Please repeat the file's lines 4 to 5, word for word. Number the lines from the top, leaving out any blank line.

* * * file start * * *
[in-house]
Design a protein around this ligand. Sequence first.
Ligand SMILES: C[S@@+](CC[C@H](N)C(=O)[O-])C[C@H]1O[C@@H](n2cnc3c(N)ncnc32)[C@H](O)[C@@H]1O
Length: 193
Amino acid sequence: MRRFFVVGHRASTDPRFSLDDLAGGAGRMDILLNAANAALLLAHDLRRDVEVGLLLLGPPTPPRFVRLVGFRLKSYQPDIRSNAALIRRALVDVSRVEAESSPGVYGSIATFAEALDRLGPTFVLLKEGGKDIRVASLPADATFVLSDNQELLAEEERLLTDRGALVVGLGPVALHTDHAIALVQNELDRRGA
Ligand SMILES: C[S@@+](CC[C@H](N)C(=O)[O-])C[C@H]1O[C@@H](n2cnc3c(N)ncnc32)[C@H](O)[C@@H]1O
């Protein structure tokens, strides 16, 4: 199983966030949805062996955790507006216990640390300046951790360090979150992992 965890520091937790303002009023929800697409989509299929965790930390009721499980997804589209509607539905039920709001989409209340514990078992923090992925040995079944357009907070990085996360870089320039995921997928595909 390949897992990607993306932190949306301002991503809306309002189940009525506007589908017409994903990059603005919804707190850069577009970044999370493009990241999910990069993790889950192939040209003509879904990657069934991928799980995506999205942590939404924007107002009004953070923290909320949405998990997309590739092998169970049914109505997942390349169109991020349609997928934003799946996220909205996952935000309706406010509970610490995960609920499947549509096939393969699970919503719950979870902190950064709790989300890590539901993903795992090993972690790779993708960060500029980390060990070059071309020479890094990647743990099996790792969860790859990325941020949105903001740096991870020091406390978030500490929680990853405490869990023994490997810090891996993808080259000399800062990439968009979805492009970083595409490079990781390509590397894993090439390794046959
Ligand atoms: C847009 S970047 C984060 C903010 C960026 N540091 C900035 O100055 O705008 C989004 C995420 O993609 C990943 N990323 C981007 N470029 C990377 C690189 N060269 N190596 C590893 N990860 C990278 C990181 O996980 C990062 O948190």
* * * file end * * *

Length: 193
Amino acid sequence: MRRFFVVGHRASTDPRFSLDDLAGGAGRMDILLNAANAALLLAHDLRRDVEVGLLLLGPPTPPRFVRLVGFRLKSYQPDIRSNAALIRRALVDVSRVEAESSPGVYGSIATFAEALDRLGPTFVLLKEGGKDIRVASLPADATFVLSDNQELLAEEERLLTDRGALVVGLGPVALHTDHAIALVQNELDRRGA